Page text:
As is evident, the Congresswoman doesn't mince words, and is equally blunt with her response. Colonel Talbot, however, is conspicuously absent; but when the complex is shaken by a sudden rumbling, Talbot makes it clear that he, at least, is not quite out of the Hulkbusting business--not by a long shot. Though his actions demonstrate a thin line between duty and treason.





The "War Wagon" is a little disappointing in design by artist Sal Buscema, in light of how spoiled we've become by former artist Herb Trimpe's impeccable military ordnance renderings. By the way, has anyone told Leonard Samson that he wouldn't have authority to bark out orders to base personnel, even if the base was up and running?

And so Talbot begins his last hunt for the Hulk--and while he's tracking, assisted by the War Wagon's A.I. known as "Brain," we get to see something of the Wagon's capabilities in combat:





Finally, while the Hulk is in Japan, Talbot is able to pick up his trail again. Unfortunately, in his obsession, the site he picks for battle puts the entire region in danger:





In this battle, Talbot bears little resemblance to the man we've come to know in this series of posts. There is no sense of duty here, no concern of stopping the Hulk for the good of the U.S. or the world; instead, we see only a man pushed to his breaking point. And where Talbot the tactician might have a chance of succeeding, we see here a man impatient with tactics and who wants to use all the firepower available to him to destroy his target.




"Brain" might make a fine addition to our recent list of loyal A.I.s. But Talbot isn't interested in loyalty right now, just results--and he proceeds to throw everything he has at the Hulk, with no regard to the level of destruction that escalates along with the fight.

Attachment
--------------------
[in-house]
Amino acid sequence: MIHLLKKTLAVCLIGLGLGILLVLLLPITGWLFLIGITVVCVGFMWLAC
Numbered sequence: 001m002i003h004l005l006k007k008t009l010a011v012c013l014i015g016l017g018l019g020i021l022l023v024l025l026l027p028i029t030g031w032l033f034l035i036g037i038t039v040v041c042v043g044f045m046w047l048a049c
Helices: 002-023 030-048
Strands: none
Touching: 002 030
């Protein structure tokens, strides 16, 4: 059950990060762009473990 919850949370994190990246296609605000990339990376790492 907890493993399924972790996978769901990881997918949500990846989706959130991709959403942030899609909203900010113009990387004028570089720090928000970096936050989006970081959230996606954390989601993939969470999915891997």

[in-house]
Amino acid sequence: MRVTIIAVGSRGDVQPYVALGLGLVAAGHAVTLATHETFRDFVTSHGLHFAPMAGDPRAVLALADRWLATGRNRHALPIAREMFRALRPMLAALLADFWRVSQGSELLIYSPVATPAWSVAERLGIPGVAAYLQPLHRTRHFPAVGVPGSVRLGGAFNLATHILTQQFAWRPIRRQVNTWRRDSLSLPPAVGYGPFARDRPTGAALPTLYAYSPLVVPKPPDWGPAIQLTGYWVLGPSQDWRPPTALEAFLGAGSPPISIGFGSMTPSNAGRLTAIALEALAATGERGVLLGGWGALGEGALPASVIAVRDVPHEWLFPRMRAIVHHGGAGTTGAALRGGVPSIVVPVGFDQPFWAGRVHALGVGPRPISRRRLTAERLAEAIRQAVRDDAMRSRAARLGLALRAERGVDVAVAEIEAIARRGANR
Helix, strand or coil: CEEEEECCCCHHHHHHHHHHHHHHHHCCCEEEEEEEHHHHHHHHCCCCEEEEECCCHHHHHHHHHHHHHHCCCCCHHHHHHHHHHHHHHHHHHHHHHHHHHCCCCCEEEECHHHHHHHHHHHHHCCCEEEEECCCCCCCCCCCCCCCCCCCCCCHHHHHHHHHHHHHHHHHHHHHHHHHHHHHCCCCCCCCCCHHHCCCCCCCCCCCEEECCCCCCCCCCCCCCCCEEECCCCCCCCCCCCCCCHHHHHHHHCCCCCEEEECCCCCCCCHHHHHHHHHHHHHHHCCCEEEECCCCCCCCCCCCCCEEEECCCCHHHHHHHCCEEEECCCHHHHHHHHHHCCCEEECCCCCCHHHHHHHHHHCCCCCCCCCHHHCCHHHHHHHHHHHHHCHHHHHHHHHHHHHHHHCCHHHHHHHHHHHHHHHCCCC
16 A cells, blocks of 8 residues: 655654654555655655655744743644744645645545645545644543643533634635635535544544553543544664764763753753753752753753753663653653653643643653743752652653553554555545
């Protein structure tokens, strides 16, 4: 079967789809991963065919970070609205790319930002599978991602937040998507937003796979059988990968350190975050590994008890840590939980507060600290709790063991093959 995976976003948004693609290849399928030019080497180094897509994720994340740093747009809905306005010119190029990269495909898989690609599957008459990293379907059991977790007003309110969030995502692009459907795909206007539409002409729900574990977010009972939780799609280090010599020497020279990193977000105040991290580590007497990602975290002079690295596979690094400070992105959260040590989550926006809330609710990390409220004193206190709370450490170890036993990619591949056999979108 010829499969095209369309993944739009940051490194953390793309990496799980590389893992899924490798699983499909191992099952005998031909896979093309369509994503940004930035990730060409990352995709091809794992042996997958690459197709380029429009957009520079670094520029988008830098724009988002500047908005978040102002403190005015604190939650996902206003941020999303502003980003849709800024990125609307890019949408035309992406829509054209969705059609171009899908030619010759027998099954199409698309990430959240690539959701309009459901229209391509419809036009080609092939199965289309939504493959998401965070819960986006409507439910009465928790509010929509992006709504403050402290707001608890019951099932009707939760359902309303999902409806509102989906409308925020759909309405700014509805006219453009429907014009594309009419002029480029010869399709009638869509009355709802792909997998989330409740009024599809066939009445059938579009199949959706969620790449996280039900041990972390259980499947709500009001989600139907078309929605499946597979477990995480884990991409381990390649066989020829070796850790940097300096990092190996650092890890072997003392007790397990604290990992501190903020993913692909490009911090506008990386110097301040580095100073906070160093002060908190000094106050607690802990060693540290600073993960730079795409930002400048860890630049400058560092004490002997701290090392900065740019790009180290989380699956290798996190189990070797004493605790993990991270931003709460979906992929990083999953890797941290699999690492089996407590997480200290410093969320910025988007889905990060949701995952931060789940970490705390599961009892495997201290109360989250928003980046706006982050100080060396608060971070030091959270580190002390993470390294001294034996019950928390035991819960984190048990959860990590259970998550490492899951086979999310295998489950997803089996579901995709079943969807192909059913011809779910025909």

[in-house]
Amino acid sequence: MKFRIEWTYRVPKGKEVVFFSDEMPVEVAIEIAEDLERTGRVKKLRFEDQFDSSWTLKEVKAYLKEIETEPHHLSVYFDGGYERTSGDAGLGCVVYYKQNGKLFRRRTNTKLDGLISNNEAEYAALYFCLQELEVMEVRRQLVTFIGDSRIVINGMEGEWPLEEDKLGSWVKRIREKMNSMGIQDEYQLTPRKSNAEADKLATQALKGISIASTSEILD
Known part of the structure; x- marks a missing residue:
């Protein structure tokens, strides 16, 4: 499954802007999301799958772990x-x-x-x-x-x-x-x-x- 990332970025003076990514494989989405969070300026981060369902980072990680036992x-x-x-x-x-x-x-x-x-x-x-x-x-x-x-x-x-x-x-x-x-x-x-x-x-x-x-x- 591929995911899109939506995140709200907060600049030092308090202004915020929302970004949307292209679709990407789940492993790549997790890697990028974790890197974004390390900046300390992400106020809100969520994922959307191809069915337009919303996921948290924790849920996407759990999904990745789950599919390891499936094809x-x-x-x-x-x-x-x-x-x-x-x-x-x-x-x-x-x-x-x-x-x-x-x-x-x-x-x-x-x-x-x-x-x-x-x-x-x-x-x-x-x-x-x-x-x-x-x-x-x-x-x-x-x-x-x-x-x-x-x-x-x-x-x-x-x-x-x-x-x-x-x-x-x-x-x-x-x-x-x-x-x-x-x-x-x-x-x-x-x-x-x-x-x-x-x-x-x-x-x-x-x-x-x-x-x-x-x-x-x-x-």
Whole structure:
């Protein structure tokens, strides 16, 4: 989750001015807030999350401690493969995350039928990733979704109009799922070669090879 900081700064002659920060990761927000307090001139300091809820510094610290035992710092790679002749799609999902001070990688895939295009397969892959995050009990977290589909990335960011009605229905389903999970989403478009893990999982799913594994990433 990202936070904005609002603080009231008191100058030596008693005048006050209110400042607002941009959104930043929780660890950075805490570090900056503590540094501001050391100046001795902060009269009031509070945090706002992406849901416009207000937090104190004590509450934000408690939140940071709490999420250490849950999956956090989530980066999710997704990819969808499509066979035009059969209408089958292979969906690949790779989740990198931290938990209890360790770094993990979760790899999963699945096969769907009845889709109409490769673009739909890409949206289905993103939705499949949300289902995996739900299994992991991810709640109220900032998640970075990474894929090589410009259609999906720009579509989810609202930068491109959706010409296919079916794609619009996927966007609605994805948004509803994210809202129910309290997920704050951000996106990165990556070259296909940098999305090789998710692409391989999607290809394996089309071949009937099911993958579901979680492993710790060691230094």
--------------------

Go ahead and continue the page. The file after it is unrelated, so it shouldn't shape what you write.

Yet Talbot, like most of the Hulk's foes, has reckoned without the Hulk's ability to see a rise in his strength and resistance as his rage increases--and Talbot's relentless assault is now triggering that process. Despite the War Wagon's power, it will prove to be a tactical error on Talbot's part; but, again, this battle has as little to do with by-the-numbers military tactics as it does with altruism. As a result, this will prove to be not be the Hulk's last stand, but Talbot's.







No doubt Talbot's death serves to close the book on the long history of Gamma Base, f/k/a Hulkbuster Base, f/k/a Project Greenskin or "Mobile Combat Force One" (though Leonard Samson wasn't quite done with it). It also brings both Betty Ross and Glenn Talbot full circle, the two being so closely tied to the base and its purpose. Looking back to the base's inception, it conveys a sense of tragedy to Talbot's final actions--a man who now seemed as trapped in the life of the Hulk as Bruce Banner.



But Talbot's final fate also brings closure to Betty Ross, who receives news of his death and has a moment of clarity in regard to her long relationship with Banner:



Talbot received a considerable amount of attention for what amounted to a recurring character in the pages of Incredible Hulk--most of that time, as stated previously, spent as the man who waited to step into Betty's life if her relationship with Banner finally crumbled. Even when he was struggling to recover from his treatment by the Russians, it frankly never occurred to me that he would go rogue and take matters into his own hands as far as dealing with the Hulk. For the sake of his story, and the consistency of his character thus far, I'd felt it would have suited him better to go out with more dignity, rather than as a raving lunatic who pretty much trashed his successful military career. Yet, once the damage to his mind was done, there seemed to be no hope for the direction his character would take from that point on--and the wreckage of the War Wagon would have to serve as Glenn Talbot's epitaph.